Sports

Brooks returns to make first NCAA start

Brice Brooks challenges UW’s Hans Gasser in the Huskies 114-53 win over Sacred Heart on Wednesday.  - Kent Soule/Hoot Creek Photography
Brice Brooks challenges UW’s Hans Gasser in the Huskies 114-53 win over Sacred Heart on Wednesday.
— image credit: Kent Soule/Hoot Creek Photography

SEATTLE – When Brice Brooks stepped back onto the court at “Hec” Edmundson Pavilion at the University of Washington for an early morning shootaround, he was living a “dream come true.”

Brooks, a 2003 Central Kitsap grad and former Cougar basketball powerhouse, made his Northwest return as a member of the Sacred Heart Pioneers in fashion on Wednesday, making his first NCAA start in front of a packed house.

And while the results weren’t as he would have liked (Sacred Heart fell hard to the No. 12 Huskies, 114-53), he was still thrilled to be playing for friends and family.

“I’m still happy to be at home,” Brooks said. “It was a tough game, but it’s a learning experience.”

Brooks is one of three Washington natives on the Pioneers’ roster. Joey Henley is a co-captain on the team, and played at Kentridge High School. Tavio Hobson, from Seattle Prep, is on the team but can’t play until next season due to transferring from Boston College.

In addition, Sacred Heart coach Dave Bike is a former Seattle University assistant, and his sons were born in the Northwest.

“It’s a different trip for us,” Bike said. “It’s definitely one that’s more personal.”

That fact was proven during the game introductions, with each Washington player drawing a warm ovation, Brooks’ being one of the loudest.

It was those Northwest connections that led Sarced Heart to Brooks. Bike’s son, also an assistant coach, Keith Bike, saw Brooks play while he was scouting Henley. Later, assistant coach Johnny Kidd watched Brooks. Dave Bike said after seeing Brooks play, they knew he had the kind of game they wanted.

“He’s got the makings to be a versatile player for us,” Bike said. “He has to smooth out some moves from high school, but the work ethic he has is strong. He has a good sized body. He’s got all the ingredients to be a good player for us.”

According to Brooks, it was clear where he would end up.

“Other schools called once or twice a month, and sent some letters,” Brooks said. “But Sacred Heart, they called me a lot, they sent me so many letters. It was just crazy. I really couldn’t get the name out of my head. I just wanted to go somewhere I feel I’m wanted.”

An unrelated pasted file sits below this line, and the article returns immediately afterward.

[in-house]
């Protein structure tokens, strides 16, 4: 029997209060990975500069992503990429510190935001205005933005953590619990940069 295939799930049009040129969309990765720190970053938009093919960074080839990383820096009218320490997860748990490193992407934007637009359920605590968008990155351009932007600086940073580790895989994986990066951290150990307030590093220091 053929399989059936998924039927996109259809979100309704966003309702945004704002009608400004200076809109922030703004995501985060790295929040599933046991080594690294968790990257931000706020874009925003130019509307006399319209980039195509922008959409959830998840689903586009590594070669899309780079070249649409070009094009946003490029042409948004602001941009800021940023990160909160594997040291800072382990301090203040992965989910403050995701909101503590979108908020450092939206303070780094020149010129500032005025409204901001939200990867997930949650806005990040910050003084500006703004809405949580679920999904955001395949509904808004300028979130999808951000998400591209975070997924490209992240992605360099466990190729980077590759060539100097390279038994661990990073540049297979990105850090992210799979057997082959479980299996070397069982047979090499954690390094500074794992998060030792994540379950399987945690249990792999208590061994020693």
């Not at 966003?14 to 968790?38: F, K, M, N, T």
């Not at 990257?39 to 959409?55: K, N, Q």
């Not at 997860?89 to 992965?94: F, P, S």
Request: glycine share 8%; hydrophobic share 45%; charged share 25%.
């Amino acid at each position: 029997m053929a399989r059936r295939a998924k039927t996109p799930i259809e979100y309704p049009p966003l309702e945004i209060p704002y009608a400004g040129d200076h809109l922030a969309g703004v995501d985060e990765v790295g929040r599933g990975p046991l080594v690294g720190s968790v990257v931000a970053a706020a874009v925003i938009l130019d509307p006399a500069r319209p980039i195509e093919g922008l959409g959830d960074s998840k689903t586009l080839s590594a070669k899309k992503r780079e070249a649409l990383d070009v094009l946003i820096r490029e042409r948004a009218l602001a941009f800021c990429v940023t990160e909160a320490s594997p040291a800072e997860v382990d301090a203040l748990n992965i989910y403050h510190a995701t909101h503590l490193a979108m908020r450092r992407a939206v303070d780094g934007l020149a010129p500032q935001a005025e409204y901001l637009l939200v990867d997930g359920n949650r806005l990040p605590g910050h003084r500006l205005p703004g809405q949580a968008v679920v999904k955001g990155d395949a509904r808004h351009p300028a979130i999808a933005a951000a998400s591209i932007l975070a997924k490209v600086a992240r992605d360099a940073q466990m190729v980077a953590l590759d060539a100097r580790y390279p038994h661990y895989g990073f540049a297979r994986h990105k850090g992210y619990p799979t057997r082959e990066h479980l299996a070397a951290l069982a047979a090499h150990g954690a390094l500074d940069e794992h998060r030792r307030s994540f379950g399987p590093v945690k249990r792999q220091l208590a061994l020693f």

He said he would have liked to play for the Huskies, but only if the feeling was mutual.

“I wanted to go to UW, but I didn’t want to walk on,” Brooks said. “Sacred Heart showed the most interest in me. They cared the most about me. You don’t want to go somewhere where they don’t really want you.”

Brooks has done everything from running the point to banging away in the low post. Against UW, he scored just 2 points, but had 5 rebounds and a steal, playing in 33 minutes for the Pioneers. For the season, Brooks is averaging 4.8 points and 3.1 rebounds in 17.9 minutes a game. But he has come on lately, scoring a career-high 14 against Columbia on Dec. 9.

Brooks said he was glad he selected Sacred Heart, and thinks he has the chance to be part of something special. He said the fact the school is a Division I infant (SH has only been in D-I for six seasons), combined with the youth on the team, resurrects memories of his old CK days.

“It’s definitely fun,” Brooks said. “When I was at CK my sophomore year, we were predicted to go to state by our senior year. Now, it’s kind of the same thing. It’s pretty exciting knowing we have a pretty bright future together.”

Brooks thinks that future may include a invite to the Big Dance.

“My main goal is to get to the (NCAA Tournament), once the team gets quicker and stronger,” he said. “Once we get there, we’ll see.”

The transition has been fine for Brooks, who carries his 6-foot, 7-inch frame with an air of confidence. But he admits he misses being away from home the most. He said he keeps in touch with his mom, Sarah, and the rest of his family every night with phone calls or using his instant messenger. The team arrived for the UW game on Dec. 19, and Brooks said he took the ferry to Silverdale each day to visit.

“That’s really rough,” Brooks said. “I talk to people at home every night. I just try to keep in touch with everybody I can.”

He’s also been keeping up with CK, attending the Cougars’ last-second win over Auburn on Tuesday. He said he talks to the team on a semi-regular basis.

“I keep up on them whenever I can,” Brooks said. “Just to see how they’re all doing. I think it inspires them to know they can get out of here by playing ball and work hard to achieve their goals.”

His former CK coach, Tim Fryer, made it to the game.

“It was really exciting,” Fryer said. “I was very proud of the way he played. He’s really elevated his game to keep up with the pace.”

As for school, he said aside from learning the value of sleep, he’s also learning time management, considering his scholarship like a work paycheck.

“I’m busy a lot,” Brooks said. “It’s a full-time job. I’m getting paid to do this, so I consider it a job. Whenever I have free time, it just goes to sleep anyway.”

Brooks was dissappointed at the team’s perfromace against UW, but remained optimistic.

“I think what doesn’t kill you makes you stronger,” Brooks said. “I think I’ll be stronger after this. You don’t see talent like this everyday.”

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